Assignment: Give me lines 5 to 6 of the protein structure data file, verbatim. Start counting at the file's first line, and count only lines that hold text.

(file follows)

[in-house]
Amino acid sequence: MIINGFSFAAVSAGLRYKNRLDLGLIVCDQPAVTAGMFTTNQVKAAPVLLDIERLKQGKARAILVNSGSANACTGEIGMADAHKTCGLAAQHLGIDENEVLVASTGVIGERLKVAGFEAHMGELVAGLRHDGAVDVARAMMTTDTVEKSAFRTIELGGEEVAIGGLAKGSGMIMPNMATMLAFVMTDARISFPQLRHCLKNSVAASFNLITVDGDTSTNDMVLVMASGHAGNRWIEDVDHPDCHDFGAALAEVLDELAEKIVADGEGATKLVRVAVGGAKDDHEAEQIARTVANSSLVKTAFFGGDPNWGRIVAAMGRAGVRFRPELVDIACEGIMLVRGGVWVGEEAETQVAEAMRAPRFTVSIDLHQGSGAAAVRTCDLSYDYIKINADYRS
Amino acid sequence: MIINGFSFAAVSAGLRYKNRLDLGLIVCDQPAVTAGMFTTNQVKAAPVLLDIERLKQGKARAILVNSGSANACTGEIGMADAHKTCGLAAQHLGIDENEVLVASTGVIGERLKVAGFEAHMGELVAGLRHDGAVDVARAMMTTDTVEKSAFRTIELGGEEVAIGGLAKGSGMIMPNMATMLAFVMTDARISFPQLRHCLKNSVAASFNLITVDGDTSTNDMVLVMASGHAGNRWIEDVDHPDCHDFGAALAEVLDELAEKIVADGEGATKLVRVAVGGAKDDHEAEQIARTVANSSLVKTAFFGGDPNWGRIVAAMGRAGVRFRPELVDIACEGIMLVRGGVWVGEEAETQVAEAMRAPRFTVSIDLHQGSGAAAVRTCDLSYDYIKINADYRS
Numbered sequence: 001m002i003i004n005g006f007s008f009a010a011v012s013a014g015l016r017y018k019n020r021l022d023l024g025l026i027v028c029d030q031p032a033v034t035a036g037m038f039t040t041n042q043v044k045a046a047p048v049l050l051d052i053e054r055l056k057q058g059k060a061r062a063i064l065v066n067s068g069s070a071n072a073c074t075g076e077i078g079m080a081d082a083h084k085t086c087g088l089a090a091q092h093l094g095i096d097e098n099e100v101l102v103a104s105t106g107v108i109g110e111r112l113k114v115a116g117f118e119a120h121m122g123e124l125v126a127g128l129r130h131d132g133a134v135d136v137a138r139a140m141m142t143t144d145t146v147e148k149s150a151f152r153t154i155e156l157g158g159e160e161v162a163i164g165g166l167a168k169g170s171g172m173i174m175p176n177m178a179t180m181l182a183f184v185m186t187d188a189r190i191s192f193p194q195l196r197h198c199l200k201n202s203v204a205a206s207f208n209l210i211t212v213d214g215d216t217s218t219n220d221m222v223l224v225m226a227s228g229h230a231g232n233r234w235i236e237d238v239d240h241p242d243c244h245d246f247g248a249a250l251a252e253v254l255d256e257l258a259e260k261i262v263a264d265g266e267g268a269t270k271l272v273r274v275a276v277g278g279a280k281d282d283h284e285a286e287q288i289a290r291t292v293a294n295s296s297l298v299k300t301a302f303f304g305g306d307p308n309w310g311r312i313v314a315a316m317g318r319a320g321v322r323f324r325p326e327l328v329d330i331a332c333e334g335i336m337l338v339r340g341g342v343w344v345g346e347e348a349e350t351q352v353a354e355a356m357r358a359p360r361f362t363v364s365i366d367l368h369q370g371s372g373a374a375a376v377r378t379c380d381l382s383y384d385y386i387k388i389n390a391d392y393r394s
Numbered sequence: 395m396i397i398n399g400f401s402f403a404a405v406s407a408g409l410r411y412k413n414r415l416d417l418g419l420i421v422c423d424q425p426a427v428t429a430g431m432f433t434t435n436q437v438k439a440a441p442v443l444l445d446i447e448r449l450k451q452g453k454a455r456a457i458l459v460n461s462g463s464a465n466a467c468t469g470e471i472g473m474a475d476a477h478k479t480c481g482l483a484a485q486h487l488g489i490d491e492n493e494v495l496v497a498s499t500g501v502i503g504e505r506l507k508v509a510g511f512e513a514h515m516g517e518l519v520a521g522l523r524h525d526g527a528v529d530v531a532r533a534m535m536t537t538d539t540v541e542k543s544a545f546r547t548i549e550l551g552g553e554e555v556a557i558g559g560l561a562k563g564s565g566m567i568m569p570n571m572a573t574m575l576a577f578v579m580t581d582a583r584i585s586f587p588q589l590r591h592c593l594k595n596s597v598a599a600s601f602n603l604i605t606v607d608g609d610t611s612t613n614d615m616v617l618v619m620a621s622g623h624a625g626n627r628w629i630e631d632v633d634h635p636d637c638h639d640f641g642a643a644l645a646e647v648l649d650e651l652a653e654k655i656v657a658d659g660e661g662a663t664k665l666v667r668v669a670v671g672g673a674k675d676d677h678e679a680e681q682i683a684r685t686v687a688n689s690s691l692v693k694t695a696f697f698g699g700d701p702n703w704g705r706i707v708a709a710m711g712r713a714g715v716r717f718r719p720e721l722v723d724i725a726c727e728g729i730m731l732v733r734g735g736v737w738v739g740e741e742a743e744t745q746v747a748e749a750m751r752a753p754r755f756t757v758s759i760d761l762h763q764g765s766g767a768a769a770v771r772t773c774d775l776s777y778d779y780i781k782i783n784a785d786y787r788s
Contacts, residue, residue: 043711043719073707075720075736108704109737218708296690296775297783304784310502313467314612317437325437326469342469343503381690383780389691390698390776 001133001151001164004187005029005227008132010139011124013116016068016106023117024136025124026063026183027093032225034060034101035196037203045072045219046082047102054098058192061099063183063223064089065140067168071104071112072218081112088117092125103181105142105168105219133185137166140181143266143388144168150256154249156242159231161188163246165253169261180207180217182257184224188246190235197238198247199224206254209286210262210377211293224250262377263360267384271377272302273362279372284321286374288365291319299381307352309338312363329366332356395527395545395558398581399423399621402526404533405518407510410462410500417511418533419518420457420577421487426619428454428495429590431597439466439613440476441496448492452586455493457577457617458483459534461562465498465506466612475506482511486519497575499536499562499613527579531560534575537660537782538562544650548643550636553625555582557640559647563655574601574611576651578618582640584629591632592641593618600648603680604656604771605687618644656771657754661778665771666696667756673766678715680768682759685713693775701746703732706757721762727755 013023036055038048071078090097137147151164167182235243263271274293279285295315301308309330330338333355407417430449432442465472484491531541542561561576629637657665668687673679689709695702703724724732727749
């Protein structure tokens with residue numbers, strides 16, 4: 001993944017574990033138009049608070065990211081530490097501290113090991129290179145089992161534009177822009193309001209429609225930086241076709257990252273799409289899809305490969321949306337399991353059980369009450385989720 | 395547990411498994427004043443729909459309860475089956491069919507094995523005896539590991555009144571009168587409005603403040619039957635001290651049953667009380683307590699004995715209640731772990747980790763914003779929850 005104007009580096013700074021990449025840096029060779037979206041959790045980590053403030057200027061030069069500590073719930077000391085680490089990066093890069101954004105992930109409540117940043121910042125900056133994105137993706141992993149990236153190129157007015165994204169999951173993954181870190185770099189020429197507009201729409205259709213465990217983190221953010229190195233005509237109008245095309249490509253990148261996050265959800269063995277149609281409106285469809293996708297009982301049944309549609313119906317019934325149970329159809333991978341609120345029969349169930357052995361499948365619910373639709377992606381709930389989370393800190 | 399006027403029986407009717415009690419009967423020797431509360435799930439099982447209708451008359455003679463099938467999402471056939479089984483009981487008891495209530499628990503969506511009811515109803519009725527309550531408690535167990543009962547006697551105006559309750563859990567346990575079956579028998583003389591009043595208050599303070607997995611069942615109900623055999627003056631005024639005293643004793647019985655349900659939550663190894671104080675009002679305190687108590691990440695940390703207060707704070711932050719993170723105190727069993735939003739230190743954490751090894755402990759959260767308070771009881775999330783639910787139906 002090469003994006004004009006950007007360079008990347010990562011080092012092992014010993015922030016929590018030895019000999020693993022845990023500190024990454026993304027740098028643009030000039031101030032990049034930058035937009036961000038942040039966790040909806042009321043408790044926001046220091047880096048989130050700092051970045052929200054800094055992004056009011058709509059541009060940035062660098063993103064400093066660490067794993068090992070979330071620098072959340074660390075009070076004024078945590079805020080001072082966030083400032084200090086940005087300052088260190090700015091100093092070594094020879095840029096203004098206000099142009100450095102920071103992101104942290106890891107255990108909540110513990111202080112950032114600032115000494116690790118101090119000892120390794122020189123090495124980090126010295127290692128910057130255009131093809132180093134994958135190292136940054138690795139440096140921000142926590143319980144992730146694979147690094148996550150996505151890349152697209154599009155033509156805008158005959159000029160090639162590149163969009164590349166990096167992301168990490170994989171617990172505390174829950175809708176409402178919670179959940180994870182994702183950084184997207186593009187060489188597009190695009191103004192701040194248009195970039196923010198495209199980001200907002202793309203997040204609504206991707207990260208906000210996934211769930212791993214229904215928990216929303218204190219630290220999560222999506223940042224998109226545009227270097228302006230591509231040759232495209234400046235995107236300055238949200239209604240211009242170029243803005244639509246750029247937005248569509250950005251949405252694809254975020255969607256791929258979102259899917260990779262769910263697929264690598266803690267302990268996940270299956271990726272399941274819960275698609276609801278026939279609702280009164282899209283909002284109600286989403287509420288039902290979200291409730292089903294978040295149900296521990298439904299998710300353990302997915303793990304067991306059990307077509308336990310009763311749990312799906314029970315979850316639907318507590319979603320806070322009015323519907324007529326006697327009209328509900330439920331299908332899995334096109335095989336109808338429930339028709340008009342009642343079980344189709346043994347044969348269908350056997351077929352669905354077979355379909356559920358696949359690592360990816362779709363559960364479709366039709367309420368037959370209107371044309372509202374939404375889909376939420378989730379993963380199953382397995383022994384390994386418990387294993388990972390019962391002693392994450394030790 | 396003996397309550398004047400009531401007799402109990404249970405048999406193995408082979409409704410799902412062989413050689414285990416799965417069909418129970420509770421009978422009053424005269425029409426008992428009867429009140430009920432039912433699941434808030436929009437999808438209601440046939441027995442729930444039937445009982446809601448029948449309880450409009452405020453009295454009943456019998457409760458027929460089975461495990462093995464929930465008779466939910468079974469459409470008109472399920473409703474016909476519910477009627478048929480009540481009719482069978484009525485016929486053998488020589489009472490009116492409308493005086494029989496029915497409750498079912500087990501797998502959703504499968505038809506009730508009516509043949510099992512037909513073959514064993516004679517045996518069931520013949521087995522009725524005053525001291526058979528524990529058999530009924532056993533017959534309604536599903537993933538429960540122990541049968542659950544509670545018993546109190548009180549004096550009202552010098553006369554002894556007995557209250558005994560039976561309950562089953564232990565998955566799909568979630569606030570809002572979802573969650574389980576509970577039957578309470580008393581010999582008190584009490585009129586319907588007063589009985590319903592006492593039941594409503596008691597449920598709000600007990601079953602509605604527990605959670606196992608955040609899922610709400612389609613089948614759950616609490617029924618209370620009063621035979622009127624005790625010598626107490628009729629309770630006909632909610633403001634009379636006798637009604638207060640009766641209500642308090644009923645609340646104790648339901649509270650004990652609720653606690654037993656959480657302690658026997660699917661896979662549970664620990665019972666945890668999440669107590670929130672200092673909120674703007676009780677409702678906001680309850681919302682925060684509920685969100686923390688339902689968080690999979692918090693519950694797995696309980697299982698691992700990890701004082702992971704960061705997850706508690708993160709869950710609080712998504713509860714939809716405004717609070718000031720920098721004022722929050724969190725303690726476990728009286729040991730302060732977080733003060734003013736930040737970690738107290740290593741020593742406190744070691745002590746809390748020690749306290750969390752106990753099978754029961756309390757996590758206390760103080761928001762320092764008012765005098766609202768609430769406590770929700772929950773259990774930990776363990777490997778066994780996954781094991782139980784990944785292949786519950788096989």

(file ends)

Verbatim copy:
Numbered sequence: 395m396i397i398n399g400f401s402f403a404a405v406s407a408g409l410r411y412k413n414r415l416d417l418g419l420i421v422c423d424q425p426a427v428t429a430g431m432f433t434t435n436q437v438k439a440a441p442v443l444l445d446i447e448r449l450k451q452g453k454a455r456a457i458l459v460n461s462g463s464a465n466a467c468t469g470e471i472g473m474a475d476a477h478k479t480c481g482l483a484a485q486h487l488g489i490d491e492n493e494v495l496v497a498s499t500g501v502i503g504e505r506l507k508v509a510g511f512e513a514h515m516g517e518l519v520a521g522l523r524h525d526g527a528v529d530v531a532r533a534m535m536t537t538d539t540v541e542k543s544a545f546r547t548i549e550l551g552g553e554e555v556a557i558g559g560l561a562k563g564s565g566m567i568m569p570n571m572a573t574m575l576a577f578v579m580t581d582a583r584i585s586f587p588q589l590r591h592c593l594k595n596s597v598a599a600s601f602n603l604i605t606v607d608g609d610t611s612t613n614d615m616v617l618v619m620a621s622g623h624a625g626n627r628w629i630e631d632v633d634h635p636d637c638h639d640f641g642a643a644l645a646e647v648l649d650e651l652a653e654k655i656v657a658d659g660e661g662a663t664k665l666v667r668v669a670v671g672g673a674k675d676d677h678e679a680e681q682i683a684r685t686v687a688n689s690s691l692v693k694t695a696f697f698g699g700d701p702n703w704g705r706i707v708a709a710m711g712r713a714g715v716r717f718r719p720e721l722v723d724i725a726c727e728g729i730m731l732v733r734g735g736v737w738v739g740e741e742a743e744t745q746v747a748e749a750m751r752a753p754r755f756t757v758s759i760d761l762h763q764g765s766g767a768a769a770v771r772t773c774d775l776s777y778d779y780i781k782i783n784a785d786y787r788s
Contacts, residue, residue: 043711043719073707075720075736108704109737218708296690296775297783304784310502313467314612317437325437326469342469343503381690383780389691390698390776 001133001151001164004187005029005227008132010139011124013116016068016106023117024136025124026063026183027093032225034060034101035196037203045072045219046082047102054098058192061099063183063223064089065140067168071104071112072218081112088117092125103181105142105168105219133185137166140181143266143388144168150256154249156242159231161188163246165253169261180207180217182257184224188246190235197238198247199224206254209286210262210377211293224250262377263360267384271377272302273362279372284321286374288365291319299381307352309338312363329366332356395527395545395558398581399423399621402526404533405518407510410462410500417511418533419518420457420577421487426619428454428495429590431597439466439613440476441496448492452586455493457577457617458483459534461562465498465506466612475506482511486519497575499536499562499613527579531560534575537660537782538562544650548643550636553625555582557640559647563655574601574611576651578618582640584629591632592641593618600648603680604656604771605687618644656771657754661778665771666696667756673766678715680768682759685713693775701746703732706757721762727755 013023036055038048071078090097137147151164167182235243263271274293279285295315301308309330330338333355407417430449432442465472484491531541542561561576629637657665668687673679689709695702703724724732727749